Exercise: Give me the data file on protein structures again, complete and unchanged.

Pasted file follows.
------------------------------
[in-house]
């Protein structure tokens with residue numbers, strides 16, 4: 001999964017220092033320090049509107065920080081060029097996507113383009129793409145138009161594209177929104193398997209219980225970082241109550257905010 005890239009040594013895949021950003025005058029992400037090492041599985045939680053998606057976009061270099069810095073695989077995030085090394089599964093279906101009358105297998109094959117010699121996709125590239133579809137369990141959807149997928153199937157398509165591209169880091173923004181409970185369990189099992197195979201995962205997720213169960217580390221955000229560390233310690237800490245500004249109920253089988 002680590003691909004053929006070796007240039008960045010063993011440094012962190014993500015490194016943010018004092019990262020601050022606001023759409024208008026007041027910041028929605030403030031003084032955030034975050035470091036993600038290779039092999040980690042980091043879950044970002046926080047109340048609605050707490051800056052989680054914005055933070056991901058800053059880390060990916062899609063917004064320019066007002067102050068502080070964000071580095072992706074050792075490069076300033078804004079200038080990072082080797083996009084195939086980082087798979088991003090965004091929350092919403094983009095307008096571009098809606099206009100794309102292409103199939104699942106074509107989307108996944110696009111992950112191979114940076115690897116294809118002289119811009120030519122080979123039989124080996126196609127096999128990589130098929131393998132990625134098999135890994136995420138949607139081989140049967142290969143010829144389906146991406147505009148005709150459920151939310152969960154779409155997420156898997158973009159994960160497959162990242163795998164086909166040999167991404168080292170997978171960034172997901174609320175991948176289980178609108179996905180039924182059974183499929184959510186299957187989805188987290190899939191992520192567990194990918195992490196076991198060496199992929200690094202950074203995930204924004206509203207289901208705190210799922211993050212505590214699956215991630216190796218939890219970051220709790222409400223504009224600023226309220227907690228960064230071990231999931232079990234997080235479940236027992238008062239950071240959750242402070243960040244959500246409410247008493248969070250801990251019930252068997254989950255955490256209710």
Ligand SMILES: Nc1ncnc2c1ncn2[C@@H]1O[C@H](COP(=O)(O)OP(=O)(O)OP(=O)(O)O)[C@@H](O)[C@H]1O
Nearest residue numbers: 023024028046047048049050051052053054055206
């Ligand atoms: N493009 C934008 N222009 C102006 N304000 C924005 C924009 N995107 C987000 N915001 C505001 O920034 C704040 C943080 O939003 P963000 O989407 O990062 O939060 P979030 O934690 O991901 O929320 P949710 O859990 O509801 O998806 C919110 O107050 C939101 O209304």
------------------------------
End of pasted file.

[in-house]
């Protein structure tokens with residue numbers, strides 16, 4: 001999964017220092033320090049509107065920080081060029097996507113383009129793409145138009161594209177929104193398997209219980225970082241109550257905010 005890239009040594013895949021950003025005058029992400037090492041599985045939680053998606057976009061270099069810095073695989077995030085090394089599964093279906101009358105297998109094959117010699121996709125590239133579809137369990141959807149997928153199937157398509165591209169880091173923004181409970185369990189099992197195979201995962205997720213169960217580390221955000229560390233310690237800490245500004249109920253089988 002680590003691909004053929006070796007240039008960045010063993011440094012962190014993500015490194016943010018004092019990262020601050022606001023759409024208008026007041027910041028929605030403030031003084032955030034975050035470091036993600038290779039092999040980690042980091043879950044970002046926080047109340048609605050707490051800056052989680054914005055933070056991901058800053059880390060990916062899609063917004064320019066007002067102050068502080070964000071580095072992706074050792075490069076300033078804004079200038080990072082080797083996009084195939086980082087798979088991003090965004091929350092919403094983009095307008096571009098809606099206009100794309102292409103199939104699942106074509107989307108996944110696009111992950112191979114940076115690897116294809118002289119811009120030519122080979123039989124080996126196609127096999128990589130098929131393998132990625134098999135890994136995420138949607139081989140049967142290969143010829144389906146991406147505009148005709150459920151939310152969960154779409155997420156898997158973009159994960160497959162990242163795998164086909166040999167991404168080292170997978171960034172997901174609320175991948176289980178609108179996905180039924182059974183499929184959510186299957187989805188987290190899939191992520192567990194990918195992490196076991198060496199992929200690094202950074203995930204924004206509203207289901208705190210799922211993050212505590214699956215991630216190796218939890219970051220709790222409400223504009224600023226309220227907690228960064230071990231999931232079990234997080235479940236027992238008062239950071240959750242402070243960040244959500246409410247008493248969070250801990251019930252068997254989950255955490256209710």
Ligand SMILES: Nc1ncnc2c1ncn2[C@@H]1O[C@H](COP(=O)(O)OP(=O)(O)OP(=O)(O)O)[C@@H](O)[C@H]1O
Nearest residue numbers: 023024028046047048049050051052053054055206
């Ligand atoms: N493009 C934008 N222009 C102006 N304000 C924005 C924009 N995107 C987000 N915001 C505001 O920034 C704040 C943080 O939003 P963000 O989407 O990062 O939060 P979030 O934690 O991901 O929320 P949710 O859990 O509801 O998806 C919110 O107050 C939101 O209304």